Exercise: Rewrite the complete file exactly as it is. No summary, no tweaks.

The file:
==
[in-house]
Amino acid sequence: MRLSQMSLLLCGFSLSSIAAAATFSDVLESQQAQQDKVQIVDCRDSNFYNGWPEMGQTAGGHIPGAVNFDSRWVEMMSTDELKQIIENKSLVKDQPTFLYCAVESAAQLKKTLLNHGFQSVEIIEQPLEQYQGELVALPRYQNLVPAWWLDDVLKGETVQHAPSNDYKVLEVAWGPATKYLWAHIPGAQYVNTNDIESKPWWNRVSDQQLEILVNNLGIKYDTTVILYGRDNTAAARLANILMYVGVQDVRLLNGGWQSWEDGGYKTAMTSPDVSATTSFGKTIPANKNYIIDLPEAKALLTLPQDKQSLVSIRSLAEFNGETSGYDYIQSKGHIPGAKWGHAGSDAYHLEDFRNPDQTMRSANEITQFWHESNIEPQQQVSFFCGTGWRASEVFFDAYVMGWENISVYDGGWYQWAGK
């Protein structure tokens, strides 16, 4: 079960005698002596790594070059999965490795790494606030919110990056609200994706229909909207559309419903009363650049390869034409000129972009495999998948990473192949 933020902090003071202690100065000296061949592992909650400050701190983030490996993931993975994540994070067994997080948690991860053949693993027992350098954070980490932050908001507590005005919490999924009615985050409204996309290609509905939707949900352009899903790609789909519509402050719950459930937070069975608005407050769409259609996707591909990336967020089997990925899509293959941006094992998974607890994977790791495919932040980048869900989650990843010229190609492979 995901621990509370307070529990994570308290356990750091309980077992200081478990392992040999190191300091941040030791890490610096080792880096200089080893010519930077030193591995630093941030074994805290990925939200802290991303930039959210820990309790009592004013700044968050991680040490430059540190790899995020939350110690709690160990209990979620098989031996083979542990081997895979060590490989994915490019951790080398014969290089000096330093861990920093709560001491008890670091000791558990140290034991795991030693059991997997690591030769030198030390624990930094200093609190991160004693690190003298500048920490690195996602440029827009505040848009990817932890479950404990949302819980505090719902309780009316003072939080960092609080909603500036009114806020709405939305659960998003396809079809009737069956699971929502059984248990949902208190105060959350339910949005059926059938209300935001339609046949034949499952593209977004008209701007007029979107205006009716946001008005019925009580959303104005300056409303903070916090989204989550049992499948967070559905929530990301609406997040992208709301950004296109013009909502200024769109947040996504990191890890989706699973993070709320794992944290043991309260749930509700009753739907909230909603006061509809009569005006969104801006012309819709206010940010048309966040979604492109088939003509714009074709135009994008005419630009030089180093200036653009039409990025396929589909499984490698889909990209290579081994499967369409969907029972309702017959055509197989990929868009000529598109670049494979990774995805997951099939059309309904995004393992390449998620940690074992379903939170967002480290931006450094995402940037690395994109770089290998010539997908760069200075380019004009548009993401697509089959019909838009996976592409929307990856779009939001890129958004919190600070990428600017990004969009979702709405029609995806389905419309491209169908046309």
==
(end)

[in-house]
Amino acid sequence: MRLSQMSLLLCGFSLSSIAAAATFSDVLESQQAQQDKVQIVDCRDSNFYNGWPEMGQTAGGHIPGAVNFDSRWVEMMSTDELKQIIENKSLVKDQPTFLYCAVESAAQLKKTLLNHGFQSVEIIEQPLEQYQGELVALPRYQNLVPAWWLDDVLKGETVQHAPSNDYKVLEVAWGPATKYLWAHIPGAQYVNTNDIESKPWWNRVSDQQLEILVNNLGIKYDTTVILYGRDNTAAARLANILMYVGVQDVRLLNGGWQSWEDGGYKTAMTSPDVSATTSFGKTIPANKNYIIDLPEAKALLTLPQDKQSLVSIRSLAEFNGETSGYDYIQSKGHIPGAKWGHAGSDAYHLEDFRNPDQTMRSANEITQFWHESNIEPQQQVSFFCGTGWRASEVFFDAYVMGWENISVYDGGWYQWAGK
């Protein structure tokens, strides 16, 4: 079960005698002596790594070059999965490795790494606030919110990056609200994706229909909207559309419903009363650049390869034409000129972009495999998948990473192949 933020902090003071202690100065000296061949592992909650400050701190983030490996993931993975994540994070067994997080948690991860053949693993027992350098954070980490932050908001507590005005919490999924009615985050409204996309290609509905939707949900352009899903790609789909519509402050719950459930937070069975608005407050769409259609996707591909990336967020089997990925899509293959941006094992998974607890994977790791495919932040980048869900989650990843010229190609492979 995901621990509370307070529990994570308290356990750091309980077992200081478990392992040999190191300091941040030791890490610096080792880096200089080893010519930077030193591995630093941030074994805290990925939200802290991303930039959210820990309790009592004013700044968050991680040490430059540190790899995020939350110690709690160990209990979620098989031996083979542990081997895979060590490989994915490019951790080398014969290089000096330093861990920093709560001491008890670091000791558990140290034991795991030693059991997997690591030769030198030390624990930094200093609190991160004693690190003298500048920490690195996602440029827009505040848009990817932890479950404990949302819980505090719902309780009316003072939080960092609080909603500036009114806020709405939305659960998003396809079809009737069956699971929502059984248990949902208190105060959350339910949005059926059938209300935001339609046949034949499952593209977004008209701007007029979107205006009716946001008005019925009580959303104005300056409303903070916090989204989550049992499948967070559905929530990301609406997040992208709301950004296109013009909502200024769109947040996504990191890890989706699973993070709320794992944290043991309260749930509700009753739907909230909603006061509809009569005006969104801006012309819709206010940010048309966040979604492109088939003509714009074709135009994008005419630009030089180093200036653009039409990025396929589909499984490698889909990209290579081994499967369409969907029972309702017959055509197989990929868009000529598109670049494979990774995805997951099939059309309904995004393992390449998620940690074992379903939170967002480290931006450094995402940037690395994109770089290998010539997908760069200075380019004009548009993401697509089959019909838009996976592409929307990856779009939001890129958004919190600070990428600017990004969009979702709405029609995806389905419309491209169908046309």